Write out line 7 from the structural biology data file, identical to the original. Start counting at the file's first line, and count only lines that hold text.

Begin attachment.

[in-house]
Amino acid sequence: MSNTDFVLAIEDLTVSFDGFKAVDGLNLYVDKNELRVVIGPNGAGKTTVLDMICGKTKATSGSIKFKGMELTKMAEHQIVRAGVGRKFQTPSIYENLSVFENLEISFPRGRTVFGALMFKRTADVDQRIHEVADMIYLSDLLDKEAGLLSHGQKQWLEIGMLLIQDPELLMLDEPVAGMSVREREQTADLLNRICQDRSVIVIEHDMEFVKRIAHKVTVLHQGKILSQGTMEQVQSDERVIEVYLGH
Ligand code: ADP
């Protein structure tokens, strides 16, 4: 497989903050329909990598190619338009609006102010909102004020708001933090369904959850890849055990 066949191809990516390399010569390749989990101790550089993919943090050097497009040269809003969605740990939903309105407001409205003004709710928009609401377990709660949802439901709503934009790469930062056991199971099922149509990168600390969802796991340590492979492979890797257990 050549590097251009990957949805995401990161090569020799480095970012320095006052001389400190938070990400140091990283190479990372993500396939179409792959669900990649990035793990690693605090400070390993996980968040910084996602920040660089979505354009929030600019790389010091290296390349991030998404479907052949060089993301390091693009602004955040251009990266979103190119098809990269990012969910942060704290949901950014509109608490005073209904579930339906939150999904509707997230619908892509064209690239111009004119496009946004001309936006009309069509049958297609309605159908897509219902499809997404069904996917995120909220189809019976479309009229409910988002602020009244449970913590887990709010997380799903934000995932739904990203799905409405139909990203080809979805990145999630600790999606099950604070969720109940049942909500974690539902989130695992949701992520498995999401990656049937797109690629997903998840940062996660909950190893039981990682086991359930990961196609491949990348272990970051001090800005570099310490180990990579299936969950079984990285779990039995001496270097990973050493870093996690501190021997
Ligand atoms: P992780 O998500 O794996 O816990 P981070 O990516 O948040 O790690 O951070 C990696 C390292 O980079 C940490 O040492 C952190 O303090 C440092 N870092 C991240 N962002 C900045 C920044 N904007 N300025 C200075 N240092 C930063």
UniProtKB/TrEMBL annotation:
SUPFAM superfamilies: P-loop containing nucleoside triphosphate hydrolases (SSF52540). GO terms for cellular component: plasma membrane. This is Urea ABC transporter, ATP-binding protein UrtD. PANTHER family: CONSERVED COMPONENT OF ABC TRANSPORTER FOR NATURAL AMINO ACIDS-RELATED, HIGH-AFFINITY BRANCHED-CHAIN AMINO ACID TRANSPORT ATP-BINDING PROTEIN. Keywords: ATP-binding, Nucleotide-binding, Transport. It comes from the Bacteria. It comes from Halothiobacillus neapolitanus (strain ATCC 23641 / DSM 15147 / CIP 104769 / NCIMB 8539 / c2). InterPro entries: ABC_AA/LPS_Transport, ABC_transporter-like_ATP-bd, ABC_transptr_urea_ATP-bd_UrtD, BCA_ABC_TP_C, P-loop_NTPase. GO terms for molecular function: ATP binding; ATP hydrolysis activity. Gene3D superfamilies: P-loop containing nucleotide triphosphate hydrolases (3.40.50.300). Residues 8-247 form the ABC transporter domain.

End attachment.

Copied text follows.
SUPFAM superfamilies: P-loop containing nucleoside triphosphate hydrolases (SSF52540). GO terms for cellular component: plasma membrane. This is Urea ABC transporter, ATP-binding protein UrtD. PANTHER family: CONSERVED COMPONENT OF ABC TRANSPORTER FOR NATURAL AMINO ACIDS-RELATED, HIGH-AFFINITY BRANCHED-CHAIN AMINO ACID TRANSPORT ATP-BINDING PROTEIN. Keywords: ATP-binding, Nucleotide-binding, Transport. It comes from the Bacteria. It comes from Halothiobacillus neapolitanus (strain ATCC 23641 / DSM 15147 / CIP 104769 / NCIMB 8539 / c2). InterPro entries: ABC_AA/LPS_Transport, ABC_transporter-like_ATP-bd, ABC_transptr_urea_ATP-bd_UrtD, BCA_ABC_TP_C, P-loop_NTPase. GO terms for molecular function: ATP binding; ATP hydrolysis activity. Gene3D superfamilies: P-loop containing nucleotide triphosphate hydrolases (3.40.50.300). Residues 8-247 form the ABC transporter domain.